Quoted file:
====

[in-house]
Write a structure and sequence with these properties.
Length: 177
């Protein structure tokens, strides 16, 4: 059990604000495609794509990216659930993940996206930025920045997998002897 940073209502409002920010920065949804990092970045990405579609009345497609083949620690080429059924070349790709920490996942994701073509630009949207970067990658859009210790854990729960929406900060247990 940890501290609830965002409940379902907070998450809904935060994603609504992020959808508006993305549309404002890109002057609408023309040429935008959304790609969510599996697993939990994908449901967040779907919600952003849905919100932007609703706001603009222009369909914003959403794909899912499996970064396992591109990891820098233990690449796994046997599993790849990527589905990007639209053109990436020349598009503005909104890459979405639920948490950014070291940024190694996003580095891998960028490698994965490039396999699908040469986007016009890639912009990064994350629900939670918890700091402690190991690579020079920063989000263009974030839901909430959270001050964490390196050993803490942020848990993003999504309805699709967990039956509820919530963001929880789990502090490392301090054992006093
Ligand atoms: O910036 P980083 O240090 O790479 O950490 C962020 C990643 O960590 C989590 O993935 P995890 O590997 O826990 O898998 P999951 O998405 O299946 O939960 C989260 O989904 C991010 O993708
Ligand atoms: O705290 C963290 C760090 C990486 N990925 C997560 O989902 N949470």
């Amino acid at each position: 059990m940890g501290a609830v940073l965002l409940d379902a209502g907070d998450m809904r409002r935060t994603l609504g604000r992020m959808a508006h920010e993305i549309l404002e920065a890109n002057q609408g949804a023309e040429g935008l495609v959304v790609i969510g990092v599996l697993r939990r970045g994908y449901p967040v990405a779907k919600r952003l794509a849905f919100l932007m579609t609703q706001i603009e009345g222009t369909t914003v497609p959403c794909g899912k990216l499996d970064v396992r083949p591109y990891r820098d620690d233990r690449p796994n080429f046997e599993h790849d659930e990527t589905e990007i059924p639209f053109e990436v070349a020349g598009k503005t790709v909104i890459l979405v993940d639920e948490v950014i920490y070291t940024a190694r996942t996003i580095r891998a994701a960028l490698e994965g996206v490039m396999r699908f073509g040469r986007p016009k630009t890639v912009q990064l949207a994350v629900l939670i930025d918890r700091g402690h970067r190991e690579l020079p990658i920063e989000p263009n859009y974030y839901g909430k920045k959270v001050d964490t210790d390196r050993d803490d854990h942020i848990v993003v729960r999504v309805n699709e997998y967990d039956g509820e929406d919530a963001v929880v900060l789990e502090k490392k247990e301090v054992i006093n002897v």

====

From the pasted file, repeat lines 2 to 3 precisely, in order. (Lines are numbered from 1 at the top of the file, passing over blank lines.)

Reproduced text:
Write a structure and sequence with these properties.
Length: 177